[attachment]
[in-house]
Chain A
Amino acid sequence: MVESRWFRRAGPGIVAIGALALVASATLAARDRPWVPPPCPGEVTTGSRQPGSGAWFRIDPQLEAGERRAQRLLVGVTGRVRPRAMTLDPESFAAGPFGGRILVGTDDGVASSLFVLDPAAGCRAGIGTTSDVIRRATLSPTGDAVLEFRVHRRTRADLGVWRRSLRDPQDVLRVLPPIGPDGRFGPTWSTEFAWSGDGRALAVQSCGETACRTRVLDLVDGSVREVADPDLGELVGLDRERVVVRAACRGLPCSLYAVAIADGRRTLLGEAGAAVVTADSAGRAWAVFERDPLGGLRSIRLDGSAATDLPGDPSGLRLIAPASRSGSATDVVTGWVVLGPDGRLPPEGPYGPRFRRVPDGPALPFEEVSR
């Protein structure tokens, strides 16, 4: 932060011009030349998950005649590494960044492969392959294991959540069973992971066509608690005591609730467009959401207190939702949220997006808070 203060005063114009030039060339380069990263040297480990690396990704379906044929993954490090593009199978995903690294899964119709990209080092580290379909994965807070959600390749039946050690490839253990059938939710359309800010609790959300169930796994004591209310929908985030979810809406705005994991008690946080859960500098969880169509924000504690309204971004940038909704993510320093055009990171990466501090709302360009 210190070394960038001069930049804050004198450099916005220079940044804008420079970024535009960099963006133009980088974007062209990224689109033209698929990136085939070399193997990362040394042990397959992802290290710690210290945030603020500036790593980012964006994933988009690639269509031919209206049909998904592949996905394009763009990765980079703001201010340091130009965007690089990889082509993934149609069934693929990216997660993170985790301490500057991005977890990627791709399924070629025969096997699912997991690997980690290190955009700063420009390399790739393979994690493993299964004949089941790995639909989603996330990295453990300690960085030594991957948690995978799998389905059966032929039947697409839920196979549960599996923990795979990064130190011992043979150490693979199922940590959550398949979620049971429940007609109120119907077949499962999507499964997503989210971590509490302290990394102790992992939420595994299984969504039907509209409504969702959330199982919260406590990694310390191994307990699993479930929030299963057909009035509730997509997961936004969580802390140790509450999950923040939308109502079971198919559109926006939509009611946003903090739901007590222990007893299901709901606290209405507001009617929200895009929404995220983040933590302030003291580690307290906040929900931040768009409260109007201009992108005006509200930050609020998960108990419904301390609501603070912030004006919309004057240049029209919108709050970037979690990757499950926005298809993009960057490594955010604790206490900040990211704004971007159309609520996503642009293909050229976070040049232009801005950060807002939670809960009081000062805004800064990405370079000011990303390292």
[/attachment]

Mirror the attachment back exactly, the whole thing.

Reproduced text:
[in-house]
Chain A
Amino acid sequence: MVESRWFRRAGPGIVAIGALALVASATLAARDRPWVPPPCPGEVTTGSRQPGSGAWFRIDPQLEAGERRAQRLLVGVTGRVRPRAMTLDPESFAAGPFGGRILVGTDDGVASSLFVLDPAAGCRAGIGTTSDVIRRATLSPTGDAVLEFRVHRRTRADLGVWRRSLRDPQDVLRVLPPIGPDGRFGPTWSTEFAWSGDGRALAVQSCGETACRTRVLDLVDGSVREVADPDLGELVGLDRERVVVRAACRGLPCSLYAVAIADGRRTLLGEAGAAVVTADSAGRAWAVFERDPLGGLRSIRLDGSAATDLPGDPSGLRLIAPASRSGSATDVVTGWVVLGPDGRLPPEGPYGPRFRRVPDGPALPFEEVSR
């Protein structure tokens, strides 16, 4: 932060011009030349998950005649590494960044492969392959294991959540069973992971066509608690005591609730467009959401207190939702949220997006808070 203060005063114009030039060339380069990263040297480990690396990704379906044929993954490090593009199978995903690294899964119709990209080092580290379909994965807070959600390749039946050690490839253990059938939710359309800010609790959300169930796994004591209310929908985030979810809406705005994991008690946080859960500098969880169509924000504690309204971004940038909704993510320093055009990171990466501090709302360009 210190070394960038001069930049804050004198450099916005220079940044804008420079970024535009960099963006133009980088974007062209990224689109033209698929990136085939070399193997990362040394042990397959992802290290710690210290945030603020500036790593980012964006994933988009690639269509031919209206049909998904592949996905394009763009990765980079703001201010340091130009965007690089990889082509993934149609069934693929990216997660993170985790301490500057991005977890990627791709399924070629025969096997699912997991690997980690290190955009700063420009390399790739393979994690493993299964004949089941790995639909989603996330990295453990300690960085030594991957948690995978799998389905059966032929039947697409839920196979549960599996923990795979990064130190011992043979150490693979199922940590959550398949979620049971429940007609109120119907077949499962999507499964997503989210971590509490302290990394102790992992939420595994299984969504039907509209409504969702959330199982919260406590990694310390191994307990699993479930929030299963057909009035509730997509997961936004969580802390140790509450999950923040939308109502079971198919559109926006939509009611946003903090739901007590222990007893299901709901606290209405507001009617929200895009929404995220983040933590302030003291580690307290906040929900931040768009409260109007201009992108005006509200930050609020998960108990419904301390609501603070912030004006919309004057240049029209919108709050970037979690990757499950926005298809993009960057490594955010604790206490900040990211704004971007159309609520996503642009293909050229976070040049232009801005950060807002939670809960009081000062805004800064990405370079000011990303390292």